The eight artists in ‘Tell me,’ come from very different parts of the globe and represent different spectrums of cultural identity. What they share is their flair for storytelling, which is inclusive and reflective of their world. Sometimes the artist’s stories clash, sometimes they complement each other. But that only conveys the richness and diversity of identity politics and highlights how this new generation of creative makers find ways for their narratives to coexist.
Bringing together these works in a group show creates a stage for the individual artists to inform each other and their audience. Not just about their personal and trans-historical stories, but also about the way in which they conduct research and convert these stories into visual art.
আর্টিস্ট এবং লেখক ব্রাড ফারহাম এর সাথে আমার ক্যাশুয়াল আড্ডা ‘নিএরেস্ট ট্রুথ’ পডকাস্ট-এ। ধৈর্য ধরে শোনার মত কিছুনা। মূলত, আর্ট প্রাকটিস, ছবি, শব্দ, অন্যান্য ইন্সপিরেসন, ইত্যাদি নিয়ে কথাববার্তা।
A month ago i had a very casual conversation with artist and writer Brad Feuerhelm on Nearest Truth. So casual that at a point I forgot this will be aired later on. Anyhow, here it is for those who are interested to listen. But I would more recommend to hear the other artists who are in this wonderful list of podcast on -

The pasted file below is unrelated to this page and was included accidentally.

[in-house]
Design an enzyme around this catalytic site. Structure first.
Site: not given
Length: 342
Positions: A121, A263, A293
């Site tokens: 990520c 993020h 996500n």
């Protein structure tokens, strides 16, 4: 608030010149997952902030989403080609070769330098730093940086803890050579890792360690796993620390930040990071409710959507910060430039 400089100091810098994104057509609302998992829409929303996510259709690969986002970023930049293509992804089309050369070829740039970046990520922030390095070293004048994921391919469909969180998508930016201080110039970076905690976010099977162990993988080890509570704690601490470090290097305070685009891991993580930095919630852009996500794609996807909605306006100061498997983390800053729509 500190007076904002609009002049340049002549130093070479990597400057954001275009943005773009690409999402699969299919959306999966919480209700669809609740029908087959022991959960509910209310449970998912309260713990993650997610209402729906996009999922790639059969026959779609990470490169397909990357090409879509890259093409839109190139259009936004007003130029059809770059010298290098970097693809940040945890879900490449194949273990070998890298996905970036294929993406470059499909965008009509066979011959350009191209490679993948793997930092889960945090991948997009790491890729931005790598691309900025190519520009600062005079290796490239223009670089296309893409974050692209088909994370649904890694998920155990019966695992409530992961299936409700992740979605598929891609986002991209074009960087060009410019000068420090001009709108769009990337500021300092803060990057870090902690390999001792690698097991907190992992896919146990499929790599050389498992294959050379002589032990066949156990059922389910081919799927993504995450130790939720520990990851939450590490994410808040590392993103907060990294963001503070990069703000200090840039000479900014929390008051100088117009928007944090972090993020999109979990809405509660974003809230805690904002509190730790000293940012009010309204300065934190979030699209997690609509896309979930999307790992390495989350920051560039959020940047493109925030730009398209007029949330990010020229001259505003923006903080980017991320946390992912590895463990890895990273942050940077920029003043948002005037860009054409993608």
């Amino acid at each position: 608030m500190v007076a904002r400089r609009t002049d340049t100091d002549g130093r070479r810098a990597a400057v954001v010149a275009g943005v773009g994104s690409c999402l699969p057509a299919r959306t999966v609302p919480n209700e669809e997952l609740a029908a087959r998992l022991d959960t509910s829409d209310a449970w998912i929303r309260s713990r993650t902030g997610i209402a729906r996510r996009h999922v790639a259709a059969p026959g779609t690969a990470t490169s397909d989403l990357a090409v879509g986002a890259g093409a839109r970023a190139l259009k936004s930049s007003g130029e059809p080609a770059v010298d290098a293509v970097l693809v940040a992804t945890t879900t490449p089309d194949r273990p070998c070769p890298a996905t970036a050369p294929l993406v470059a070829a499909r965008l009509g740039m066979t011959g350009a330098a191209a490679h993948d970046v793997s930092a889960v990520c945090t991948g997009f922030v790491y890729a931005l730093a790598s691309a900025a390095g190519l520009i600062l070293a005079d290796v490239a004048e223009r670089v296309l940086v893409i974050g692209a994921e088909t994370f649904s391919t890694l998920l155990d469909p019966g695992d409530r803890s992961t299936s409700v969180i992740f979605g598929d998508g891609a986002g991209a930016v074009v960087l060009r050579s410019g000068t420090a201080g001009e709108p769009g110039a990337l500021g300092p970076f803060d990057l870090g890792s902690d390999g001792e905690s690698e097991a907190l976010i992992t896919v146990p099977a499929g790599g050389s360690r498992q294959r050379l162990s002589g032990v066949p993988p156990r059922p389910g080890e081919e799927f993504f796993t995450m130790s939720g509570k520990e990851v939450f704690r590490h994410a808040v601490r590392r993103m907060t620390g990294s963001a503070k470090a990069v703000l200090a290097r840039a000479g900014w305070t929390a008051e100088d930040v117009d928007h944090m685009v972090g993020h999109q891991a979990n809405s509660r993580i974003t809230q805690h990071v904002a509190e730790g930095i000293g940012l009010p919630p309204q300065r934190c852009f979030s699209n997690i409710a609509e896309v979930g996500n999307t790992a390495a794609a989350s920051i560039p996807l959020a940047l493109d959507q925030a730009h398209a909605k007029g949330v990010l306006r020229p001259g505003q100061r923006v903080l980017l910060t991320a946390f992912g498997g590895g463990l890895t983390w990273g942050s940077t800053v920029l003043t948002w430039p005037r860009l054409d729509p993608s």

Raśmi (v.2), will be on show from this week, part of the exhibition — ‘DANCING WITH THE DEAD’ at The Lock Up Gallery, curated by Antidote Projects. @weareantidote .
Dr. Fiona Foley
Dr Mojgan Habibi
Named after the infamous Madagascan dancing with the dead ritual of Famadihana, DANCING WITH THE DEAD is a group exhibition that aims to illuminate the convergence of memory and corporeality within a larger context of 'deaths' and the multiplicity of experiences that fall within it;; whether that be physical death, spiritual death or cultural death. Much like the traditional Madagascan process (which sees families and loved ones exhuming bodies
from tombs, carefully re-ˇwrapping, then lovingly dancing with their corpses), this exhibition aims to explore the concept of death as permeable and to present questions like: What is ourrelationship to the nature of death and darkness? What can our experience of loss look and feel like when re-ˇinterpreted, re-ˇperformed and re-ˇpresented in a gallery setting? Through adopting the imagery of dancing with and subsequently embracing ‘darkness’ -ˇ in the forms of universal experiences such as loss, religiosity and ritual;; DANCING WITH THE DEAD hopes that all who attend and interact with the works will be able to share in a communal and cathartic activity that shines light on the paradoxically unique and universal experiences of death and endings.